With These Hands: A History of Mad Love

The 1930s were peak in Hollywood’s Golden Age of horror. Universal led the way with its legendary monster movies and Paramount added sophisticated suspense to the genre. In 1935, MGM decided to release the horror-thriller Mad Love, directed by Karl Freund and starring Peter Lorre in his American debut. Lorre, a highly publicized talent, harnessed a dark glamor with his emotive acting. Bringing an amalgamation of repulsiveness and vulnerability into each role that the audience sympathizes with against their will.

His Love Was a Pitiful…Hopeless Madness

The famous surgeon, Dr. Gogol sits in private box at the “Théatre des Horreurs”, just as he has for the last 47 nights. Blissfully gazing upon Madame Yvonne Orlac as she is tortured on stage as the Duchess. Having sent flowers and notes to her dressing room for each performance, he finally approaches her dressing room on closing night. Yet he is crushed to learn she is married to concert pianist, Stephen Orlac. As he wraps up a tour, Yvonne retires from the stage to join him at last. The dejected Gogol comforts himself by purchasing the theater’s promotional wax figure of Yvonne from the lobby. Having it delivered to his private chambers to do with as he pleases, without fear of rejection.

While enroute to meet with his wife, Stephen is mangled in a terrible train wreck. Crushing his hands which must be amputated to save his life. Yvonne is desperate to preserve her husband’s livelihood and begs Dr. Gogol for a miracle. His surgical genius is struck with divine inspiration and Stephen is given a hand transplant. The donor of which being a recently executed knife thrower from the circus. The surgery is a success, but Stephen is repulsed by his transplants that require long and expensive treatments. They don’t take to playing the piano as they once did but now seem to have a talent for knives. The Orlacs are forced to sell all their valuables as the bills pile up, straining their marriage much to Gogol’s delight. With murder hanging in the balance, Stephen descends into madness. Luring Yvonne to Dr. Gogol for answers, like a fly to a carnivorous plant.

I have conquered science! Why can’t I conquer love?

Mad Love was the first of many remakes of Orlacs Hände (The Hands of Orlac). An Austrian silent horror film directed by expressionist veteran, Robert Wiene. This version focused more on the unraveling of Stephen as the protagonist. Rejecting his evil willed appendages and featuring a con man as the villain. Wiene’s film itself was inspired by a 1920 French fantasy/horror novel, Les Mains d’Orlac. Written by Maurice Renard, it is cited as one of the earliest appearances of body horror.

Mad Love is less faithful to Renard’s novel than Frankenstein or Dracula are to their origins in gothic literature. Which comes as no surprise that the script writer, John L. Balderston, had previously written on those film adaptations along with The Mummy and The Bride of Frankenstein. Balderston expanded on an otherwise minor character by combining the novel’s benign doctor with ‘Spectropheles’. A grotesque figure clad in white that haunts Stephen Orlac’s wife throughout Renard’s version. Regarded as the ghost of the train accident in the book and on screen as Dr. Gogol, a ghoul in white surgical scrubs. Both personal devils of Mrs. Orlac that must be faced before all is lost.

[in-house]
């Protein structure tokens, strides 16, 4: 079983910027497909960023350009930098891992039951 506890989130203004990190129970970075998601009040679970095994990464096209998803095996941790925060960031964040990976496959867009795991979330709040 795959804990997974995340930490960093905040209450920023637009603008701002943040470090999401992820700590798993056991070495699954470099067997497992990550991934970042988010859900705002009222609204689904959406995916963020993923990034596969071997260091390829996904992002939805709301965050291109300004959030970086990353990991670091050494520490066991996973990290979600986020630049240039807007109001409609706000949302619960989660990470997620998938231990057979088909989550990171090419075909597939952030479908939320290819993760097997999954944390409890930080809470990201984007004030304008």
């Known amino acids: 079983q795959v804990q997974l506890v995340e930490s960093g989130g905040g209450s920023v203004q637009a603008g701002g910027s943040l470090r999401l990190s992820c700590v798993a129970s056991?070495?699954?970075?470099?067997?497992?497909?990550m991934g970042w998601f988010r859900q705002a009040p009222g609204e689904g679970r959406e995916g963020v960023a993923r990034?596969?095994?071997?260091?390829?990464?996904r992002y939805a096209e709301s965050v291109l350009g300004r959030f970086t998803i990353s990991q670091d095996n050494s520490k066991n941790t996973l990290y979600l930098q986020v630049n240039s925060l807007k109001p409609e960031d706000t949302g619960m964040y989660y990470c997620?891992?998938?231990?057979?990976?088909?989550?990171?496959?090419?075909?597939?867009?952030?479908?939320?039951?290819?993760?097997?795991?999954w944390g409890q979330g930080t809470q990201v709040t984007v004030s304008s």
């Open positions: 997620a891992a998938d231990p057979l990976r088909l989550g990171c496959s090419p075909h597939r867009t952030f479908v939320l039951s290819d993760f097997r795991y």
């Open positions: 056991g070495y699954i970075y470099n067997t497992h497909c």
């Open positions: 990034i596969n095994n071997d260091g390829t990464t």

Balderstone had composed the film’s dialog with Lorre in mind, at points calling for the actor to deploy his “M look”. Referring to Lorre’s breakthrough role as Hans Beckert, a child murderer in Fritz Lang’s 1931 thriller, M. A Weimar Republic-era movie that would type cast the actor for the rest of his career. The tortured Stephen Orlac is played by, Colin Clive. No stranger to horror as the memorable Dr. Henry in Frankenstein and Bride of Frankenstein. Keye Luke appears as Gogol’s assisting surgeon, Dr. Wong. Best known for his role as Lee Chan in the Charlie Chan films and appearing with Peter Lorre in 1938 film Mr. Moto’s Gamble. Edward Brophy plays Rollo the knife thrower, on his way to the guillotine. Brophy had also played a knife throwing circus performer named Rollo in the 1935 movie Freaks. Possibly setting the cult film within the same cinematic universe as Mad Love.

Other film adaptations include The Hands of Orlac (1960) directed by Edmond Grevilleand Hands of a Stranger (1962) directed by Newt Arnold. The premise of a killer transplant inspired a number of other films such as The Crawling Hand (1963), The Hand (1981), and Les Mains de Roxana (2012). On television it had influenced a segment of Rod Serling’s Night Gallery and the Doctor Who serial, “The Hand of Fear”. A variant of the theme was used in an unproduced project of Alfred Hitchcock, The Blind Man and parodied in The Simpsons’ “Treehouse of Horror IX”. It has even been suggested that Mad Love directly inspired the visual style of Orson Welles’ Citizen Kane.

 “Each Man Kills The Thing He Loves”

Though upon initial release Mad Love was a commercial failure, it has grown a devout following through the years. Amassing an audience that appreciates Freund and Balderston weaving as many horror tropes within their movie as they could. From set designs to borrowed lines, the film pays tribute to its expressionistic roots and other heavy hitters in the genre.

The film title Mad Love is more obviously in reference to the sadistic obsession Gogol has for the actress and the skin-crawling scenes of his entitled wooing. Perhaps it also regards Yvonne’s devotion to her husband, Stephen. Resorting to desperate measures to care for the wreck-mauled pianist. Including reaching out to a repugnant stage-door johnny and admittedly trading on his unrequited feelings. Unknowingly evoking a madness in their lives that can only come from “love”. 

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